Argentinian President Alberto Fernández’s decision to increase taxes for the thriving farm sector and wealthy individuals to pull Latin America’s third-largest economy out of a three-year recession has rankled business leaders who have been reducing their investments in the country.
The Wall Street Journal interviewed Javier Rotondo, a farmer, who said the country’s move to temporarily suspend food exports to limit food pricing, plus new taxes, have crippled him financially.
He told the Journal, “They’re implementing crazy policies that don’t make much sense.”
The paper described a desperate economic climate in the country of 48 million and said Buenos Aires’ economy is as bad as it has been since 2001 when there were deadly riots. The Federal Reserve Bank of San Francisco identified the culprit of the 2001 crisis as the country’s “persistent inability to reduce its high public and external debts.
“These made the economy vulnerable to adverse economic shocks and shifts in market sentiment,” the report said.
The country’s economy contracted by 10 percent in 2020 during the COVID-19 outbreak, and its poverty rate hit 44 percent, the paper reported, citing the Catholic University. (The newspaper El Pais reported that in 2002, when the country collapsed, its GDP was “only slightly worse” at 10.9 percent.)
The Journal reported the country has about $5 billion in cash and gold reserves, and it has debt payments that are due to the International Monetary Fund. The country’s government has barred companies from reducing work staff and paid 50 percent of salaries to workers at “tens of thousands of small businesses,” the paper said.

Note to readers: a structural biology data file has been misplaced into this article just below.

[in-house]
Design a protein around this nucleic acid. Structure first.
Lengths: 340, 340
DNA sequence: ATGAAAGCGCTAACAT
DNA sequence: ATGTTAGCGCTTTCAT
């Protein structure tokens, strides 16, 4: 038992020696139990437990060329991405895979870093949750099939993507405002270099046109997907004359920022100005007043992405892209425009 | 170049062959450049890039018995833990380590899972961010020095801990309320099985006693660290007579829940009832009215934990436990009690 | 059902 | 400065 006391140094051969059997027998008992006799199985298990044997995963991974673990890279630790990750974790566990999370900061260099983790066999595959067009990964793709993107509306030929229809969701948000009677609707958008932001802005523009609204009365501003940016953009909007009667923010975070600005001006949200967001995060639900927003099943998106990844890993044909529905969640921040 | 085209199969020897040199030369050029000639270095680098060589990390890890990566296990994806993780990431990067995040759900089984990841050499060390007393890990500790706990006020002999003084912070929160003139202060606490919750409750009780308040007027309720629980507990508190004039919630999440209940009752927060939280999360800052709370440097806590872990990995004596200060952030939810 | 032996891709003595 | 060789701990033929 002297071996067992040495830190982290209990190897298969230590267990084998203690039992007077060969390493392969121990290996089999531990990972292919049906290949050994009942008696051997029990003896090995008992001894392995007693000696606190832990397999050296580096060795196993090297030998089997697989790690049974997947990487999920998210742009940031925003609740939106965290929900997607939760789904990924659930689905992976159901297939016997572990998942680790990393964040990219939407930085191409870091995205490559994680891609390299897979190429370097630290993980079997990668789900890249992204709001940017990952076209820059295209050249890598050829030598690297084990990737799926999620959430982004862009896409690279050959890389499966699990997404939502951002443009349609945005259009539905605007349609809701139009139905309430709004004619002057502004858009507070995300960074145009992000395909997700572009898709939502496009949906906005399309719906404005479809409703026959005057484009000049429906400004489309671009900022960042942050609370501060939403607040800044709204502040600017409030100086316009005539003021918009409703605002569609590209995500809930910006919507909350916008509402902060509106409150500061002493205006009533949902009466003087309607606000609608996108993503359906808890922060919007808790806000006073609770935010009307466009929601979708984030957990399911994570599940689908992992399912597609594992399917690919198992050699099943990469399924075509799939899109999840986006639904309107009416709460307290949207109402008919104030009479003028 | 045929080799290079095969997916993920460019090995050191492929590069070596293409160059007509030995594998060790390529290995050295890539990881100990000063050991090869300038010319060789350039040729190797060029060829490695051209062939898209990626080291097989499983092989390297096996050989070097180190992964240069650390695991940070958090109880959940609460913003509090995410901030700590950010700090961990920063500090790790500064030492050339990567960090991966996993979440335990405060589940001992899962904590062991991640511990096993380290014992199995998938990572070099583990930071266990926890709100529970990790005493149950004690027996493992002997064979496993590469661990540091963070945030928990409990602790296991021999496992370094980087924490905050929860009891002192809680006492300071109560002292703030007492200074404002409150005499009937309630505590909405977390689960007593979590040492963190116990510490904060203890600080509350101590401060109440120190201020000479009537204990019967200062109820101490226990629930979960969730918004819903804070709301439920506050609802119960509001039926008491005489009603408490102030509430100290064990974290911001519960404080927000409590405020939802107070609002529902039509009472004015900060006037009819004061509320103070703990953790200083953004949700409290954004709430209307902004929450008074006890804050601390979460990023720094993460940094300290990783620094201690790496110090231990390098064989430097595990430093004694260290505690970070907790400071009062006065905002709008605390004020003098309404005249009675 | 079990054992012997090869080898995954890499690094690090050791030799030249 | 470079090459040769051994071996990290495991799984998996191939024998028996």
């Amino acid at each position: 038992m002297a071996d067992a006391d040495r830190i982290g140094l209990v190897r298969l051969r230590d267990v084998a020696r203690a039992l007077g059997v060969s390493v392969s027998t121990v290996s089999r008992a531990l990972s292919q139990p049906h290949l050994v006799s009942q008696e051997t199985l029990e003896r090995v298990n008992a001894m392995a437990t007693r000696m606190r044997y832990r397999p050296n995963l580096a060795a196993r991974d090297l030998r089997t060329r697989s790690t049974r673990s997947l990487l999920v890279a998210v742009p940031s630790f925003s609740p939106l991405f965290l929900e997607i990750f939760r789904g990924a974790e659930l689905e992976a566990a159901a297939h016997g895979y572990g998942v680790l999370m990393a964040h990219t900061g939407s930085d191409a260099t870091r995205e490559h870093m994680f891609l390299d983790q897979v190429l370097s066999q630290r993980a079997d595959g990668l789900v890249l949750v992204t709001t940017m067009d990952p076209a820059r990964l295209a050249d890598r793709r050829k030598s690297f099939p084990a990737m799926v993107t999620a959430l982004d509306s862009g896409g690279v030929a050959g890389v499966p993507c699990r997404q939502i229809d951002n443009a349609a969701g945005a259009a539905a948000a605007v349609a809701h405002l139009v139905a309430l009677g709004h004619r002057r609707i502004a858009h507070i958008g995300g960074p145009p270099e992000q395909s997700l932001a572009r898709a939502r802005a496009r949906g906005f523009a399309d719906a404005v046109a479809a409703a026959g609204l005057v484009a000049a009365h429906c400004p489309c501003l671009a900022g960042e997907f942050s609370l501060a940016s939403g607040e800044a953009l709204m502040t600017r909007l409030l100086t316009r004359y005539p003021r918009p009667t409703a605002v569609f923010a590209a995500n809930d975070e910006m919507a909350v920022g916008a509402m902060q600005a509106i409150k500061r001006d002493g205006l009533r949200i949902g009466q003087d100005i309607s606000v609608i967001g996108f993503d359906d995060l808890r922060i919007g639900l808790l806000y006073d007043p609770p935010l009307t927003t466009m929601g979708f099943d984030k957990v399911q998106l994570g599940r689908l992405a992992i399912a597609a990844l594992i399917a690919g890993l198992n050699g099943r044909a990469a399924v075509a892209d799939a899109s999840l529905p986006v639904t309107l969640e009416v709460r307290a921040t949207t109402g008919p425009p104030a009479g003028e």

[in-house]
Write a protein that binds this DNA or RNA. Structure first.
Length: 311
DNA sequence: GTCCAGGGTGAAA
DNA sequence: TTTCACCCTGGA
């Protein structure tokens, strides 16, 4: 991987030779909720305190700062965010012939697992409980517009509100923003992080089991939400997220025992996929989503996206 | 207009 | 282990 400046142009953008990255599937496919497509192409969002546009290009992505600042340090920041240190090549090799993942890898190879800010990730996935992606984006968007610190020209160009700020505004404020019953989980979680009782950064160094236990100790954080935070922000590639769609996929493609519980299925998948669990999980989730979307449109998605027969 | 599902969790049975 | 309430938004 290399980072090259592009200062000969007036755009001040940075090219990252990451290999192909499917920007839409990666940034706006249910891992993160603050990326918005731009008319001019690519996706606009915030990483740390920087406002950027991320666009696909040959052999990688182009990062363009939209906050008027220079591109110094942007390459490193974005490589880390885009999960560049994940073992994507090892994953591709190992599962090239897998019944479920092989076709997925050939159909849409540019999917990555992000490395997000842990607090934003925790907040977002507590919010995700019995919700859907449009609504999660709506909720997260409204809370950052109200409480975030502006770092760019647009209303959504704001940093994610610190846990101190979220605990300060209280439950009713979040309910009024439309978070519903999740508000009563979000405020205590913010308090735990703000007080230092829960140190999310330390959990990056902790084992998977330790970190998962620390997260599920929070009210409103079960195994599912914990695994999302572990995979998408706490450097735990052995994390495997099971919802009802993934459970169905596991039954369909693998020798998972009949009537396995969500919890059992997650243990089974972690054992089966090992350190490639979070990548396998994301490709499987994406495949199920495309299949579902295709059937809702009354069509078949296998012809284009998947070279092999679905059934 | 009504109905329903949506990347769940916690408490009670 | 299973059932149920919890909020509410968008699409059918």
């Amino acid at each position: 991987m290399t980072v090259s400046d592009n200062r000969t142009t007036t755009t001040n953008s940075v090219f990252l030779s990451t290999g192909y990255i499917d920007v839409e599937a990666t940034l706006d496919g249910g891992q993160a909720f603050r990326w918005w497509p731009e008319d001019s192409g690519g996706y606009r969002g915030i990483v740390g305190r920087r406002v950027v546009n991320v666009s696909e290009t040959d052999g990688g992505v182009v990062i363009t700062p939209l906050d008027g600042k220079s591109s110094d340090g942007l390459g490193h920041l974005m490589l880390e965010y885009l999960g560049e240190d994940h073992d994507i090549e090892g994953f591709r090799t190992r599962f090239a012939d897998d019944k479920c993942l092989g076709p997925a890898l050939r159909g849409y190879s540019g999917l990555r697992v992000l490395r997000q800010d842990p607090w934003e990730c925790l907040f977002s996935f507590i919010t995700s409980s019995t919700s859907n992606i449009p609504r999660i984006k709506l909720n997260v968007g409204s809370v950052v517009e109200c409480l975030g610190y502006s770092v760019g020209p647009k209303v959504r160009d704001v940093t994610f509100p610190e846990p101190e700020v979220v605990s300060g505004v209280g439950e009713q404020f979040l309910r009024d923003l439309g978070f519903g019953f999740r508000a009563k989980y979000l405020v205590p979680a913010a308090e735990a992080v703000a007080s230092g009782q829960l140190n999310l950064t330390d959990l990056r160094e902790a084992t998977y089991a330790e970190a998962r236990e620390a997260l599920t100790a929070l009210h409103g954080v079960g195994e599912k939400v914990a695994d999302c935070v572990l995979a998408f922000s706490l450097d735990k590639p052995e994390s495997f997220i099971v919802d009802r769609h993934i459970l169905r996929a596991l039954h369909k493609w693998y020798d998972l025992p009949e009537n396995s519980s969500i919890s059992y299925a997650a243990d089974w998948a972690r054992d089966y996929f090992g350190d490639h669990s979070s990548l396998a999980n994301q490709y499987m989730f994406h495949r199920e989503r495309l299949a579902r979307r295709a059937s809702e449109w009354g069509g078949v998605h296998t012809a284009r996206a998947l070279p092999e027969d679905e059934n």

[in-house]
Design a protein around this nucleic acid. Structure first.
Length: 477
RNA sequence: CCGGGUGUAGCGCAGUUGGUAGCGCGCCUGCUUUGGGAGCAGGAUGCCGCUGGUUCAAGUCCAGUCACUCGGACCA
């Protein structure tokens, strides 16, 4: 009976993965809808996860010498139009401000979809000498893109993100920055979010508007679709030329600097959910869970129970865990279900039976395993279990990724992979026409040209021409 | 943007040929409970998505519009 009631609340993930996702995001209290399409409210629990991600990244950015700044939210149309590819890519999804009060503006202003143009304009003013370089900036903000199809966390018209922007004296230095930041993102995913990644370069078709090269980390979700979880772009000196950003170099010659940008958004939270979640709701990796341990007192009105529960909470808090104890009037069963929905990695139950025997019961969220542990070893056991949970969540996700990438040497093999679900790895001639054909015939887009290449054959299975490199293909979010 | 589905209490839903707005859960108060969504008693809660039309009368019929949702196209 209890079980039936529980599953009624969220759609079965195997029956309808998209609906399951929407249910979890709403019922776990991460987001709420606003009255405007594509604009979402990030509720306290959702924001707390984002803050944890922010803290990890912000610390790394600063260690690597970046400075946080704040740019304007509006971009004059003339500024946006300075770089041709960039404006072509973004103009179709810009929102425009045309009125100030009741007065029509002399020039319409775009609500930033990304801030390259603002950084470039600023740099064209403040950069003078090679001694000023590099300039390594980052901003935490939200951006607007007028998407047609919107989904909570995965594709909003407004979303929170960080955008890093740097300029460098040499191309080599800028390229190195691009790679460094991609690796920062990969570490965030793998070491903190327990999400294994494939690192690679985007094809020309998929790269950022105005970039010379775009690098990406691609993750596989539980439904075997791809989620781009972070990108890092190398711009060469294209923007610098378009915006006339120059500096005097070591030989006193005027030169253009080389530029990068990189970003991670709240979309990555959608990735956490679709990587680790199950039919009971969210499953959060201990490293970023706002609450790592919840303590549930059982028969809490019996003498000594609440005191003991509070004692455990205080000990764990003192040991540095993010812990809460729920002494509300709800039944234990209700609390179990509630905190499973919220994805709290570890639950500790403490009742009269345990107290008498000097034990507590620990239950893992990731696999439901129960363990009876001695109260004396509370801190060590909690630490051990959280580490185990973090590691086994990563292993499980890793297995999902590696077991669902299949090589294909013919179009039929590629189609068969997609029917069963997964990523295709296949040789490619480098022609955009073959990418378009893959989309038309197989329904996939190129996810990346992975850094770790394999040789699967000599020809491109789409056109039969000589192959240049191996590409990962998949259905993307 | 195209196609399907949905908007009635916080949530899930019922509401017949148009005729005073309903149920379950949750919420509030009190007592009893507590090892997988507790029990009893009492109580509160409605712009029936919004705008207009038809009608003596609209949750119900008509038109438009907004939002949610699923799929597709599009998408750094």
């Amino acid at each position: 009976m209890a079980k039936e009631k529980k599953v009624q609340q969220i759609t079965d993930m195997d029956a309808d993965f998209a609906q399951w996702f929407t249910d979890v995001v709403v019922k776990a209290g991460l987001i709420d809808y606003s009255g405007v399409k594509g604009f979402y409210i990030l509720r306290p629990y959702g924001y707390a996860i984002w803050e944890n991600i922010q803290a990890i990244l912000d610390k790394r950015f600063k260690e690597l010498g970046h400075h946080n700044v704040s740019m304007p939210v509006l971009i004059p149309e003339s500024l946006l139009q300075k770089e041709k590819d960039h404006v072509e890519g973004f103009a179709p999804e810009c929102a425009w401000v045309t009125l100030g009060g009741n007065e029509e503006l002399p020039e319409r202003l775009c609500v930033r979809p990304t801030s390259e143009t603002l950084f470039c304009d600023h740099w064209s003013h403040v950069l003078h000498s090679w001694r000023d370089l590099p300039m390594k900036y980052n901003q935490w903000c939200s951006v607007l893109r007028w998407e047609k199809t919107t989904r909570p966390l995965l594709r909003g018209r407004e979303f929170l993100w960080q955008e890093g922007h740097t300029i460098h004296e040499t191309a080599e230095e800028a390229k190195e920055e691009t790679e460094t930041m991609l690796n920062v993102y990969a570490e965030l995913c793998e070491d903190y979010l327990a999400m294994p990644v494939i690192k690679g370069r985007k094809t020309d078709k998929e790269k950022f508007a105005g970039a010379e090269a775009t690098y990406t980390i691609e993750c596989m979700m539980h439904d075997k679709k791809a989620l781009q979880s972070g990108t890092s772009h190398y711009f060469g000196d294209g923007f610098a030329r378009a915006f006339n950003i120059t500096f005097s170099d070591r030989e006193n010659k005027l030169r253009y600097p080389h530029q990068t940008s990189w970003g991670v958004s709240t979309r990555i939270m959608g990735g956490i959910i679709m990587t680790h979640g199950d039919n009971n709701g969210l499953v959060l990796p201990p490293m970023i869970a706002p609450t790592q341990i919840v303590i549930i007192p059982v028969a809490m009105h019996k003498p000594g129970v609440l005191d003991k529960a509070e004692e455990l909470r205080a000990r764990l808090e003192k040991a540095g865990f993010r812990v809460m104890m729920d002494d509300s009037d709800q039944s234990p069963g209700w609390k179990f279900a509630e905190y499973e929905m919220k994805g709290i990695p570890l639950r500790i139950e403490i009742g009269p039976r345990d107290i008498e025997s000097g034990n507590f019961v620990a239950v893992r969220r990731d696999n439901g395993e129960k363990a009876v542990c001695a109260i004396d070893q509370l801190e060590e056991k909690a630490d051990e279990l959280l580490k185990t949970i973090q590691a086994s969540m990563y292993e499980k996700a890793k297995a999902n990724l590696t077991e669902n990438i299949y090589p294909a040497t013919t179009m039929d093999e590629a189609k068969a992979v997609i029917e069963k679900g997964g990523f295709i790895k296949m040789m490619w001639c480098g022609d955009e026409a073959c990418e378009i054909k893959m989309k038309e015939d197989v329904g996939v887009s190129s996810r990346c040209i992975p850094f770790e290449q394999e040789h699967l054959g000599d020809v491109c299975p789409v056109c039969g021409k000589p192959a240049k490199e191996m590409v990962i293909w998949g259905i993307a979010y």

The El Pais report said Argentina relies on its agriculture sector, which is responsible for the employment of over two million, or 14 percent of the country’s workforce. Fernández, who is a member of the nationalist Peronist movement, hopes that as the world recovers from the epidemic, the country will benefit from higher prices on grain exports, the Journal reported.
Martin Guzman, the country’s finance minister, said at a conference last month he hopes the economy bounces back and cuts its budget deficit to about 6 percent of its annual economic output compared to 8.5 percent last year, the Journal reported.
TRENDPOST: Mostly forgotten and barely reported is that in 2018, under the regime of its former president Mauricio Macri, the “pro-business” leader saddled the nation with a $57-billion debt to the IMF.
The Argentine peso crashed in mid-2018 after the country entered a recession in the year’s second quarter. The peso lost more than half its value that year and fell more than 35 percent in 2019.
Before the COVID War began, Argentina’s economy contracted at a rate of 3.1 percent in 2019. Inflation is rampant, reaching 52.9 percent in December. It’s estimated more than 40 percent of the country’s 44 million people now live in poverty.
According to the IMF, it “is not economically nor politically feasible” for Argentina to fully repay its more than $100 billion foreign debt. 
TREND FORECAST: When the “stimulus” money dries up, interest rates rise, equity markets crash, and the world descends into the “Greatest Depression,” social unrest will escalate in Argentina and nations across the globe. 
The wars between the people and politicians will become common battle cries as the rich continue to get richer and the masses sink lower into economic despair. 

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